By Pauline Paranikas, Daniel Boyko, Danielle Sherman, and Lara Katz
We recently received the following questions from a writer:
What determines whether or not you accept a piece? (Craft/content/style/perspective?)
Any advice for young writers who are submitting their work?
How many rejections have you faced, and how you dealt with rejection?
What book of poetry/craft would you recommend that young writers read?
Here to weigh in are four Polyphony Lit Executive Editors and Genre Managing Editors!
What distinguishes a piece for me is the sincerity of the writing. Sometimes, when reading a piece, I feel as though the author is putting on a facade or trying to sound too official. While that can be helpful at times, I appreciate pieces that make me feel as though the author is writing without artifice. No matter the style, I find a decent piece where sincerity bleeds through the writing is always better than a highly polished piece that feels artificial.
This kind of ties into my answer to the first question, but be yourself! If you’re a funny person, submit a humorous piece. If you’re going through a rough time and want to write about it, submit your work, no matter how it reflects your feelings. If you want to try a completely different style than what you’re used to, go for it. A genuine attempt is always appreciated at Polyphony.
I’m not going to be very helpful for this question as I don’t submit my writing to magazines or anything. I’m not someone who writes much, and when I do, it is often something private that I don’t necessarily feel comfortable sharing.
I think any Ray Bradbury short story can be really helpful in illustrating how to write a powerful work of fiction using relatively conversational and simple language. My personal favorite collection is The Illustrated Man, if that’s helpful.
Similar to Pauline, I also agree that possessing sincerity in writing is important, and a key component of this is the voice of a piece. This is slightly difficult to accurately depict in words, but when a writer is able to use diction and a perspective specific to them, I always feel that it invites me, as a reader, to want to continue reading; it almost feels as if the writer is sharing a personal part of themselves, and there’s something very powerful and compelling about that.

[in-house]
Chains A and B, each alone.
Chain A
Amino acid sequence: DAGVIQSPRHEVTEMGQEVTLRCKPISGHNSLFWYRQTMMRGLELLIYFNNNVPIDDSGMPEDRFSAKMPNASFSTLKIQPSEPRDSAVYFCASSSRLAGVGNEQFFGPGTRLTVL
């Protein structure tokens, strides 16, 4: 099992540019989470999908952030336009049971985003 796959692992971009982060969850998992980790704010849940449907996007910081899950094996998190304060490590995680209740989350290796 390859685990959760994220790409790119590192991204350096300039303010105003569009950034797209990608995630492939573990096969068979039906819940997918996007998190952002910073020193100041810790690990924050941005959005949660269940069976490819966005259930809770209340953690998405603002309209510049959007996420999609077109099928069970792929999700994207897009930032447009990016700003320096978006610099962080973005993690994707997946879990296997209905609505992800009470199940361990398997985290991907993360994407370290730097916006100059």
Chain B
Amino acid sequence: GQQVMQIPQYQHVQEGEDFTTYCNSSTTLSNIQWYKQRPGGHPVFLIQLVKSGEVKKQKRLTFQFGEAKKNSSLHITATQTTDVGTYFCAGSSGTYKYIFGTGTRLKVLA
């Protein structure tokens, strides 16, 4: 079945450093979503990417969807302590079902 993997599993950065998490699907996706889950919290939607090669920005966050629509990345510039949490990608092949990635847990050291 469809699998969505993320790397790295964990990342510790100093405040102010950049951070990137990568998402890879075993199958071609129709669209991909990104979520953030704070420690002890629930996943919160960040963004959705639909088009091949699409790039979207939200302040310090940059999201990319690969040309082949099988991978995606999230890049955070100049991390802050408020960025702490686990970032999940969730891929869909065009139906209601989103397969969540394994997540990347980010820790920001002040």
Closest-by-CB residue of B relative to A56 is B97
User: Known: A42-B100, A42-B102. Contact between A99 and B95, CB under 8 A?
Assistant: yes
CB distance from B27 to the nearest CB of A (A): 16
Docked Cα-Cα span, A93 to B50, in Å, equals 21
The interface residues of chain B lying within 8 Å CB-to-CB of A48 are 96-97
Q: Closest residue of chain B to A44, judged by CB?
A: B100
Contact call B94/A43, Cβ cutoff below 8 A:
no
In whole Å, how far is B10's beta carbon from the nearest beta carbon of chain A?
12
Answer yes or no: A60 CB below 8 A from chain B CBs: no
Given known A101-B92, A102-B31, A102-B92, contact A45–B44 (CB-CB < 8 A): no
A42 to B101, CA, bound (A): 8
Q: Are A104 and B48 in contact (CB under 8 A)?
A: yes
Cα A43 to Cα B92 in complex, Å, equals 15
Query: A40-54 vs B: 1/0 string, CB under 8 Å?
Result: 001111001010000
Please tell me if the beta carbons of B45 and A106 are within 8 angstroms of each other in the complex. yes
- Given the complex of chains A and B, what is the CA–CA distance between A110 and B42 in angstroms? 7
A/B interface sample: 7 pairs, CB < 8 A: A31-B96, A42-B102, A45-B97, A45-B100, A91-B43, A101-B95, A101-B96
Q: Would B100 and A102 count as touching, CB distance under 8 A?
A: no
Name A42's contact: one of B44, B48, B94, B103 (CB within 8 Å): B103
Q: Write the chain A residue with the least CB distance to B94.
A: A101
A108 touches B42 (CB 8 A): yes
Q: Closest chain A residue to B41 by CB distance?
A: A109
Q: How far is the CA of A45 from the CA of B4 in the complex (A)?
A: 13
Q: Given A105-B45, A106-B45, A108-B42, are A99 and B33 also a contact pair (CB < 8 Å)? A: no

My biggest advice is to always try to read the pieces published in a literary magazine or journal before submitting to get a feel for what they publish and/or are looking for. Especially at Polyphony Lit, we consistently publish a wide variety of styles, so don’t be hesitant to submit a piece that breaks genre barriers, is on the shorter side, or doesn’t adhere to tradition.
Personally, I’ve faced many, many rejections (probably enough to count on both sets of fingers and toes and still have some leftover), and truthfully, it can be tough at times. A first rejection is always devastating, as is the second and third, but for me, I’ve always handled it by trying to understand that it’s all part of the process. Nearly everyone has been rejected before, including many of your favorite authors, and it’s almost impossible to get accepted without ever receiving the dreaded rejection email. My biggest advice is to know that being rejected doesn’t diminish your work or your talent as a writer, and that if you instead view rejection as walking one step closer to publication, it becomes that much easier to eagerly submit.
I think Richard Siken is an excellent poet who you may have never heard of before. He consistently shows a mastery over untraditional syntax and conveys significant messages and ideas with simplistic language and repetition. My personal favorite collection is Crush, and I highly recommend reading it if the only poetry you’ve ever been exposed to relies on rhyme (which is, of course, fantastic, but there’s also so much more to poetry than just that).
Like the others said, I think voice is a really important component of writing - not just the perspective of the author, but the unique way in which they use language to develop this perspective and their own writing style. I also tend to focus on the subject itself, especially in fiction; an interesting premise or sound narrative structure can even make up for awkward language if done well enough.